Against sound recording copyright extension

The EU Commission is proposing an extension to copyright on sound recordings, the same idea having been rejected by the UK government last year. At present, copyright on a recording lasts for 50 years, after which it enters the public domain. The proposal is for the copyright to be extended to 95 years.

Unsurprisingly, the proposal is being backed by big names in the music world such as Sir Cliff Richard, whose first recording will go out of copyright next year, and Sir Paul McCartney, with the Beatles’ first recordings currently set to enter the public domain in 2013.

It’s important to understand that this proposal concerns recordings, and not the copyright on original compositions or lyrics. Copyright on those lasts for life plus 70 years, in recognition of the creativity put into producing an original work. This is quite different from simply performing someone else’s work. A singer who is talented enough to write his own songs should be less concerned about the copyright on the recordings as he (or his estate) will continue to receive royalties from the work itself.

An actor on stage, whether in Stratford or the West End, will be paid for the performance, then that’s it. The same is true of a musician performing live. There is no further income after the performance has finished. When an architect designs a new building, he is paid a fee for the work. Neither he, nor the engineers and building contractors who actually build it, will receive royalties every time someone looks at the building, or from the people who use it.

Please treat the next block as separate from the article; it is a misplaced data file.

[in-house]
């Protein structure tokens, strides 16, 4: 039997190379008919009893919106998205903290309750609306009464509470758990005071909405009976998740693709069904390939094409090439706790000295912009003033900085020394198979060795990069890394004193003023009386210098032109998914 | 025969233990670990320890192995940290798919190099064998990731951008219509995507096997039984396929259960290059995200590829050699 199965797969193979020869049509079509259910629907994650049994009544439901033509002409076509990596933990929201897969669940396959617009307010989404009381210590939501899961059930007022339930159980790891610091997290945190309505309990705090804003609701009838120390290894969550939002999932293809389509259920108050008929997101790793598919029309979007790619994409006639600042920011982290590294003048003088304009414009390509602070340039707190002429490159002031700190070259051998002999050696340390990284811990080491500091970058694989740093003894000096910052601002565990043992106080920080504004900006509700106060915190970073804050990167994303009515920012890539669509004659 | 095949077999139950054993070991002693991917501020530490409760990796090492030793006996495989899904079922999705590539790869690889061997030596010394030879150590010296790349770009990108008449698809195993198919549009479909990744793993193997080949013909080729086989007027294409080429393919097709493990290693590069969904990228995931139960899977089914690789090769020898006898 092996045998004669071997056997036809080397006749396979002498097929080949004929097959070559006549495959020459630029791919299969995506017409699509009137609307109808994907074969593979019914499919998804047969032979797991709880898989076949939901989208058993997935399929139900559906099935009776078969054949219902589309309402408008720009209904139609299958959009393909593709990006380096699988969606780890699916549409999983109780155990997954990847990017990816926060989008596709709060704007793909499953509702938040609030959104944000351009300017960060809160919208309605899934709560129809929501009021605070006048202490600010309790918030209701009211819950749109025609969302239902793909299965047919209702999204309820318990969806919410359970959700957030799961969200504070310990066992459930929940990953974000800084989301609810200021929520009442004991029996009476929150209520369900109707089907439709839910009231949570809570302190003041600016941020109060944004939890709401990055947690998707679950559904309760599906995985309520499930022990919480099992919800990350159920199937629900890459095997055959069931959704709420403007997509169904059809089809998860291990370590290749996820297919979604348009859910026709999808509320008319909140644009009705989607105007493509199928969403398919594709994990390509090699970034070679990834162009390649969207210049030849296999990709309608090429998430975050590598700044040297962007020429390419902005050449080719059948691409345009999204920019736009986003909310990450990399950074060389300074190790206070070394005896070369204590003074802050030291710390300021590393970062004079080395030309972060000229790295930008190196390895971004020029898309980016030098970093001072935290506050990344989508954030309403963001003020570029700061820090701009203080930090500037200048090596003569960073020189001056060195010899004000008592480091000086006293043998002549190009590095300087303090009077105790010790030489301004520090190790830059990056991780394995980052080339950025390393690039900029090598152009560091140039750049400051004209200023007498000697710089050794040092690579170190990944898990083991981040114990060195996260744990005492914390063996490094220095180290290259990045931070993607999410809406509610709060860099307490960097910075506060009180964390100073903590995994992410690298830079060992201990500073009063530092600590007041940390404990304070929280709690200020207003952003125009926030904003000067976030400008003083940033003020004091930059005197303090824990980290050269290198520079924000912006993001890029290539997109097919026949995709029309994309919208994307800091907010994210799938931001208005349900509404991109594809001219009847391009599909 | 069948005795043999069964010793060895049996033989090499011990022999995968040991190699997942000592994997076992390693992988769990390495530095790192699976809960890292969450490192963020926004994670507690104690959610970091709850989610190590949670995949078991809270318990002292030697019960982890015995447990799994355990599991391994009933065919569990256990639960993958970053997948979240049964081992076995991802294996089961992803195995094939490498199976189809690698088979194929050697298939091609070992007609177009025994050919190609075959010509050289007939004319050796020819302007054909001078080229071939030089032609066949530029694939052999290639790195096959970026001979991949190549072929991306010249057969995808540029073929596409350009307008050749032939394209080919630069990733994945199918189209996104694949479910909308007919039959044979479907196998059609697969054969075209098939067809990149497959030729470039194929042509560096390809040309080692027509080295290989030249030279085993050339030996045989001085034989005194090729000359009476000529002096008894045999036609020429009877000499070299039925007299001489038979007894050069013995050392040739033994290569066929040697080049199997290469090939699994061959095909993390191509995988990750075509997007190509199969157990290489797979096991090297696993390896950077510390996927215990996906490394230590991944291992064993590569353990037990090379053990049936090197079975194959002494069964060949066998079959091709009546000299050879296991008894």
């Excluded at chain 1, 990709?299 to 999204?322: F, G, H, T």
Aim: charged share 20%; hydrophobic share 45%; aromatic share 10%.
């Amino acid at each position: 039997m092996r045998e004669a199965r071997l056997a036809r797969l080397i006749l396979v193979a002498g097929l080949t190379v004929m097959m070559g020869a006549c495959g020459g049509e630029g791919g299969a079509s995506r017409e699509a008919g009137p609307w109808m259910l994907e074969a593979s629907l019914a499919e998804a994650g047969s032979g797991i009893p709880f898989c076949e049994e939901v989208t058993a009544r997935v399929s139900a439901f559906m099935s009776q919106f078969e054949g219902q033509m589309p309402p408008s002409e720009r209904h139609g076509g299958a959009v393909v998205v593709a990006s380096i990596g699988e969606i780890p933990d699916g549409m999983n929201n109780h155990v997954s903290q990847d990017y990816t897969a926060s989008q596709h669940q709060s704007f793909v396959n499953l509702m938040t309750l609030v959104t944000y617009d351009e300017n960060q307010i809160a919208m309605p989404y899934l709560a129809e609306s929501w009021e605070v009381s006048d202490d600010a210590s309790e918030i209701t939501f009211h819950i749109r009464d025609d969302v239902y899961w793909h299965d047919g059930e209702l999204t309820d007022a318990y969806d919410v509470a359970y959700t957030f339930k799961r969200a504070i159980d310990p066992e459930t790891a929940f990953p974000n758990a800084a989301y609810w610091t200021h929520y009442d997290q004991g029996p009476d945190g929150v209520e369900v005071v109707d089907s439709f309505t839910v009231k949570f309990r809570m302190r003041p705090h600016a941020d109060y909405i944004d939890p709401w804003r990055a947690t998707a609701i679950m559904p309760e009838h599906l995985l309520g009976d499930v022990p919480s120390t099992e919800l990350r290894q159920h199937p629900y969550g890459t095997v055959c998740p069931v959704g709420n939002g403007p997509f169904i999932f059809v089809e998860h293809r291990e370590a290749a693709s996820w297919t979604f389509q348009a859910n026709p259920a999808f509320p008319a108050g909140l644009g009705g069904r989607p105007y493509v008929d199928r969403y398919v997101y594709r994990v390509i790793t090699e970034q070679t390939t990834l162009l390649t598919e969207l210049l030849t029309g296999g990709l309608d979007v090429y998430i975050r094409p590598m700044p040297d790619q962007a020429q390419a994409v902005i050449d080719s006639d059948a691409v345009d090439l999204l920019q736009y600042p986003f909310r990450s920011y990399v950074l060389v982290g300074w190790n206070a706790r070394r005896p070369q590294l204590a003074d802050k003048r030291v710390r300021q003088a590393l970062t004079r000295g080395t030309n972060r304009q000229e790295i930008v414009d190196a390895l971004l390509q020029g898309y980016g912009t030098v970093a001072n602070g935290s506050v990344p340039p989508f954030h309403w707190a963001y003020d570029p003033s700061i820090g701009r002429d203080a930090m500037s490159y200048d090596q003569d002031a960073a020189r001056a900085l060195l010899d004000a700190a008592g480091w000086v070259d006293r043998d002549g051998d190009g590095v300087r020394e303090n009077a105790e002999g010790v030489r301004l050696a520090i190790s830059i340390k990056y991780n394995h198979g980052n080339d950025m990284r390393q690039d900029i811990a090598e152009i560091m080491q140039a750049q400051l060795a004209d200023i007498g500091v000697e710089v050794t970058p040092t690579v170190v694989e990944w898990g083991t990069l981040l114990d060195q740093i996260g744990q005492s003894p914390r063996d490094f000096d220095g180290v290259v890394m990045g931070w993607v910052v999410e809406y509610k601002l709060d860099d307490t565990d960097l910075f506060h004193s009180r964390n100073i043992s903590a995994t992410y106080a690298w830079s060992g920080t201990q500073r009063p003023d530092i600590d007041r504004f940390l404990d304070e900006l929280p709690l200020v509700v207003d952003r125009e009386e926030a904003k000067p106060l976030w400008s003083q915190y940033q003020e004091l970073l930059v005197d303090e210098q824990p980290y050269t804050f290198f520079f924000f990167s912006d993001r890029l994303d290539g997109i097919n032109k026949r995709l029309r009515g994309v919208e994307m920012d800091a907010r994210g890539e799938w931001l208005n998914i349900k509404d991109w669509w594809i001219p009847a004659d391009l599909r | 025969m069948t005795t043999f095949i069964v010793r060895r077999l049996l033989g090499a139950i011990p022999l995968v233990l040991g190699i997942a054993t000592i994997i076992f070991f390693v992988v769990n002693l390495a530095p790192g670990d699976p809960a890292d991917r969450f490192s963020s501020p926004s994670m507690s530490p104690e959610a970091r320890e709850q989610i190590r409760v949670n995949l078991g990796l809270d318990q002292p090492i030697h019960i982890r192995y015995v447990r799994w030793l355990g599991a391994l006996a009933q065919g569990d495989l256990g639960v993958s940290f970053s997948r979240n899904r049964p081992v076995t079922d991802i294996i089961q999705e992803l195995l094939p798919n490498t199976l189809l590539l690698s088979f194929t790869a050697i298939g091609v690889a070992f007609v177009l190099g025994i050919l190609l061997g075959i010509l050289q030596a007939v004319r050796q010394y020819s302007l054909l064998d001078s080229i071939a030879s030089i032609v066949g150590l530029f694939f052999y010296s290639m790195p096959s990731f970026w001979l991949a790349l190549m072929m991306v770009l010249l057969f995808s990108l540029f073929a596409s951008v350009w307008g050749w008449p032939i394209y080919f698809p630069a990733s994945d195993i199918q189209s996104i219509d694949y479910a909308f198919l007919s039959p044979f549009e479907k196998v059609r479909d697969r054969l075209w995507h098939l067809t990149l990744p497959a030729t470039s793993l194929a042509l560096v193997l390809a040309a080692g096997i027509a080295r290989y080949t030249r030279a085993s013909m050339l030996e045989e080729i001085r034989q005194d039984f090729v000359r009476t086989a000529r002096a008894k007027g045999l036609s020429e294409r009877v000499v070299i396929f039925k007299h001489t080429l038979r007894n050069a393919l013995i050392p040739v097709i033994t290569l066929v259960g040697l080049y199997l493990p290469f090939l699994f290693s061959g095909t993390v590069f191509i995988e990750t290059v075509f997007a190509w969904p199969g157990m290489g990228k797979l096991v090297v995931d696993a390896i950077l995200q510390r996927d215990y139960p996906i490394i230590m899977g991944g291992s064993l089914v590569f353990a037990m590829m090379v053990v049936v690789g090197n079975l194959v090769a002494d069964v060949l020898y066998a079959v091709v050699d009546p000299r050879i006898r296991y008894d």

This is just an attempt by the music industry, and from a few big-name artists, to grab even more money when they have made enough already. If the so-called stars want a pension, they should make sure they put aside some of their income to provide for them in old age, just as everyone else has to, instead of spending it on an extravagant lifestyle. I can’t imagine either Sir Cliff or Sir Paul is living on the poverty line. And as for the argument that they are doing this on behalf of all the small-time artists and backstage staff, the fact is that most of these had to sign away their rights to royalties to the record company in order to receive the modest session fee they were paid at the time.

Copyright has historically been a balance between the rights of those producing the works and the public, allowing artists to have a chance to profit from their work, while ensuring it can still be enjoyed and built upon in the way it historically always has been. The greed of those calling for the change in the law can not be allowed to destroy this principle. The new law would mean people could no longer share or enjoy old recordings that have long since been deleted from record companies’ catalogues, be they of rock and roll, or classical performances by long-dead conductors.

The proposal still has to be agreed by the Council of Ministers and European Parliament, and the latter in particular has been known to listen to the people on similar issues such as software patents. To help defeat the extension of copyright, please sign the petition against it.

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